Don't just trust us though, trust the security blog that raised the alarm. Mahmoud Al-Qudsi from cybersecurity firm NeoSmart Technologies went through the process of installing the Hoefler crap, after coming across it on a compromised Wordpress site, and found that it was pretty convincing but ultimately very cruddy.

"This attack gets a lot of things right that many others fail at. The premise is actually believable: the text doesn't render, and it says that is caused by a missing font (HoeflerText, which is a real font, by the way!), which it then prompts you to download and install," he said.


"The usage of a clean, well-formatted dialog to present the message with the correct Chrome logo - and, more importantly, - the correct shade of blue for the update button. The shape of the update button seems correct, and the spelling and grammar are definitely good enough to get a pass."

So he went with it, finding that ultimately he got an executable and some nudges in the direction of a download. It's all pretty bleak, like most of this stuff, and ultimately if you were to fall victim, you would regret ever hearing of the Hoefler thing.

"Clicking ‘Update' (merely out of curiosity!) results in a file "Chrome Font v7.5.1.exe" to be downloaded, and the webpage morphs to "helpfully" encourage the user to run the virus," added our trepid explorer.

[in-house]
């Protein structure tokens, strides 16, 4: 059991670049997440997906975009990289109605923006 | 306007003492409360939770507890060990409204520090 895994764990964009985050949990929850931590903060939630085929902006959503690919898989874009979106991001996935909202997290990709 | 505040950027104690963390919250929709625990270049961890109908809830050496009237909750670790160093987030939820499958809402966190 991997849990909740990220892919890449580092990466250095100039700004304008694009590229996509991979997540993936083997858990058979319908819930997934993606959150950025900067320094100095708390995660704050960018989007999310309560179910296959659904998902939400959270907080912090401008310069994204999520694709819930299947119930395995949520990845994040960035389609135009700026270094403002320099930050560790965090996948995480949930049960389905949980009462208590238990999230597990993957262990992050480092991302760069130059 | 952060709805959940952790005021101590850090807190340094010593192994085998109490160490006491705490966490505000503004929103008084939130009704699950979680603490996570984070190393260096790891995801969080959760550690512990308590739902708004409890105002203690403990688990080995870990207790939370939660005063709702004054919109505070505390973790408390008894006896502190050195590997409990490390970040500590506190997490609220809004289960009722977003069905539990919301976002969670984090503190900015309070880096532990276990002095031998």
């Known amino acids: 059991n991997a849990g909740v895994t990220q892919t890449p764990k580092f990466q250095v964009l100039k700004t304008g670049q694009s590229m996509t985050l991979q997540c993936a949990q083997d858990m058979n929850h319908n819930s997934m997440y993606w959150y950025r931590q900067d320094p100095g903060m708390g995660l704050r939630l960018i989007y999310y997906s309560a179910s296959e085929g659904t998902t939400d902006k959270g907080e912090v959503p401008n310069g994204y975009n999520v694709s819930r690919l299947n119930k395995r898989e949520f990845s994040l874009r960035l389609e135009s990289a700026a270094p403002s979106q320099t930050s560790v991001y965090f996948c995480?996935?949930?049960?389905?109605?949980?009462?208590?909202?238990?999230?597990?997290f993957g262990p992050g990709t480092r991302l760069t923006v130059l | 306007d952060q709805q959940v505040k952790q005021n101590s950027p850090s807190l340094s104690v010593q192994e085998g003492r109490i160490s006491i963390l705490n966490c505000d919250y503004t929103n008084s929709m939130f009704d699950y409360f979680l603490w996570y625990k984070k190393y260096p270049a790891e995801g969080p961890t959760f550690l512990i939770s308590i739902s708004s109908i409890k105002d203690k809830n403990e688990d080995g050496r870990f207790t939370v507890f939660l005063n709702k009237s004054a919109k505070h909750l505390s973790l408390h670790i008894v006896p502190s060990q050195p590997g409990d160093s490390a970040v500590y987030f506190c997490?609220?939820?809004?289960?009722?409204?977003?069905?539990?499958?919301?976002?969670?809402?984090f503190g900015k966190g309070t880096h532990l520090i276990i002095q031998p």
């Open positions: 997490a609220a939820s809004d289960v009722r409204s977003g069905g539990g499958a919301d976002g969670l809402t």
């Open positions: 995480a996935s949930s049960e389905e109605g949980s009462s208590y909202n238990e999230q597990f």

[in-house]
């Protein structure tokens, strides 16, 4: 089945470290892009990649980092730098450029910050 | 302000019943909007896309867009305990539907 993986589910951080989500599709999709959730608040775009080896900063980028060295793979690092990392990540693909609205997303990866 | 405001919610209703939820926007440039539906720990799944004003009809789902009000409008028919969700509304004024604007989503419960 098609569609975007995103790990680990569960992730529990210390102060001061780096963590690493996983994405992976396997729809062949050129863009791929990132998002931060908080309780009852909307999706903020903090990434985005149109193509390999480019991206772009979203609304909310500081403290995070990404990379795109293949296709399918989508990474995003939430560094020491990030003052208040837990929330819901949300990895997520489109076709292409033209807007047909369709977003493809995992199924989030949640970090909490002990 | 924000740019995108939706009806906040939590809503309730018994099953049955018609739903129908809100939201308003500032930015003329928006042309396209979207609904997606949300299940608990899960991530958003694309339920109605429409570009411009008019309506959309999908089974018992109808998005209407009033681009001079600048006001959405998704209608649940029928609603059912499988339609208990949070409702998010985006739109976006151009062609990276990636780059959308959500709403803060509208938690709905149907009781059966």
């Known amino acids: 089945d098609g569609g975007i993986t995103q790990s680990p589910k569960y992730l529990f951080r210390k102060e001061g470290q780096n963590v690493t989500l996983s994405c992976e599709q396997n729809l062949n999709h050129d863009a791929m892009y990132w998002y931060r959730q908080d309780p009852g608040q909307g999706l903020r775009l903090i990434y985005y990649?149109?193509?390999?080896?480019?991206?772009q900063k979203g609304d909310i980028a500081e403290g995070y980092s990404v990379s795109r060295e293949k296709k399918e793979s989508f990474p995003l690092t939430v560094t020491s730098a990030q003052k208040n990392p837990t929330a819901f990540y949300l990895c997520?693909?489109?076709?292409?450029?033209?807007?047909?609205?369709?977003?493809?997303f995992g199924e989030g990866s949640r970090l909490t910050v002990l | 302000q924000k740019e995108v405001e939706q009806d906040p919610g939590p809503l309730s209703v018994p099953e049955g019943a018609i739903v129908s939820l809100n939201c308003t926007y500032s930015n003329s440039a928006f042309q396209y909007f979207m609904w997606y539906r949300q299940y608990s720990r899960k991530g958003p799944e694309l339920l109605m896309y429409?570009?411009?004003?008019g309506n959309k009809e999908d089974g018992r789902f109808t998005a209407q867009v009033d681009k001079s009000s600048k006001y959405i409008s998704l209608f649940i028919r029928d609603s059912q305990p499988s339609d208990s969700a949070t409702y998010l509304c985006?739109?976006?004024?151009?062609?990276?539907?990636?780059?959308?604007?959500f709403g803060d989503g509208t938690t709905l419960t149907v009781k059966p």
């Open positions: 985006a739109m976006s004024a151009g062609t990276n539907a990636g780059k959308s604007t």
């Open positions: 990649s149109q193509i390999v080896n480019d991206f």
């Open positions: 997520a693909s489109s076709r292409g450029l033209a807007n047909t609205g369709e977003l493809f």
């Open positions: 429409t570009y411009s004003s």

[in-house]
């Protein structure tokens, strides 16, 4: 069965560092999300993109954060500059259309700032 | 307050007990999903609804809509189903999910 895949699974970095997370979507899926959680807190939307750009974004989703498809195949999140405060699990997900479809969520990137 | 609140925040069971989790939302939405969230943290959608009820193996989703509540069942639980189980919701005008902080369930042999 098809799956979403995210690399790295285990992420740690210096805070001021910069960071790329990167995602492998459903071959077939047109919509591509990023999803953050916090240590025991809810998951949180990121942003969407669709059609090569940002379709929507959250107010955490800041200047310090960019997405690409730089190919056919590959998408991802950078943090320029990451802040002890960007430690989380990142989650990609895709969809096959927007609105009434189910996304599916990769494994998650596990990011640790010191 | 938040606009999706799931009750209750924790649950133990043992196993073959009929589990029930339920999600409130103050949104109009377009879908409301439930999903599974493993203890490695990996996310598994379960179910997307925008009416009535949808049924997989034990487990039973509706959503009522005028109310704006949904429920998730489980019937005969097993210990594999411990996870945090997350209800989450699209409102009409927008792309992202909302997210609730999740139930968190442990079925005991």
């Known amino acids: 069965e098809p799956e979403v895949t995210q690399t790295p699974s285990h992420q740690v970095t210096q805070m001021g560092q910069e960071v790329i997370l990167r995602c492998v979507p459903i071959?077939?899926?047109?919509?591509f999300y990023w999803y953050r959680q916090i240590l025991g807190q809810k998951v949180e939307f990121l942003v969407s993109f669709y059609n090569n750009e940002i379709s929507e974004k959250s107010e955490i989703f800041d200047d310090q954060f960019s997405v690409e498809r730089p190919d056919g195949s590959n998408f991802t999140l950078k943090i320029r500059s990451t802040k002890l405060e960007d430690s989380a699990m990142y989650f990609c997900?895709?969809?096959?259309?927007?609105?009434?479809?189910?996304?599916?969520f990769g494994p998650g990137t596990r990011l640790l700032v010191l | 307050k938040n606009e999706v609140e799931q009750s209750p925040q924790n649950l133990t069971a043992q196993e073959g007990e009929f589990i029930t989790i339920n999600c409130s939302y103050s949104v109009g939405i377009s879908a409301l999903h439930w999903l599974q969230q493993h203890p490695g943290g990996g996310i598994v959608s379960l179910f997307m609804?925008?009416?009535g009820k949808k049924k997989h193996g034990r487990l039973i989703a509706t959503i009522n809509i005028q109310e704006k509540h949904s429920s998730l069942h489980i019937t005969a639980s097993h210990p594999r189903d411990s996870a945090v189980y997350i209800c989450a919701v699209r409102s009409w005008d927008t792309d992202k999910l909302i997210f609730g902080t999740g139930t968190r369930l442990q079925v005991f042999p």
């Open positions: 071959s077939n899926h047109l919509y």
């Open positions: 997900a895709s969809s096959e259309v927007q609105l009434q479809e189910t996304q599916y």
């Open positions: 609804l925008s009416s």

"The file in question is not caught by Windows Defender or Chrome as being malicious. An upload to VirusTotal reveals it as never-before-seen, with only 9 out of the 59 antivirus scanners in its database correctly identifying the file as malware." µ

Snapchat parent IPO gets oversubscribed

Snapchat parent IPO gets oversubscribedNext week's planned $3.2 billion IPO of Snap Inc, maker of the popular Snapchat app, is oversubscribed, market sources told IFR on Friday.

The much-awaited deal is scheduled to price on Wednesday, with the company set to begin trading on the New York Stock Exchange the following day.

Sources said underwriters told investors that the deal is oversubscribed at the marketing range of US$14-$16 per share, but they have yet to offer more specific pricing guidance.

Potential buyers have been plentiful at lunches in New York and London this week during the IPO's roadshow, though many have reservations about the company's future.

Investors have questioned the company's slowing user growth, which was just 3% in the latest quarter versus the prior quarter.

There are also doubts about Snap's ability to sell ads to the 158M daily active users of Snapchat, and how sticky these users will be amid competing products from the likes of Facebook and Google.

Some have also expressed reservation about the shares themselves, which do not come with voting rights. Snap is planning to sell 200 million shares in all, 55 million of them by company insiders.

Should Net Neutrality Be Silicon Valley's Next Big Fight?

Should Net Neutrality Be Silicon Valley's Next Big Fight?
Silicon Valley is rightly focused on President Donald Trump's immigration order. But it should be gearing up for another fight that's vital to both tech companies and their customers.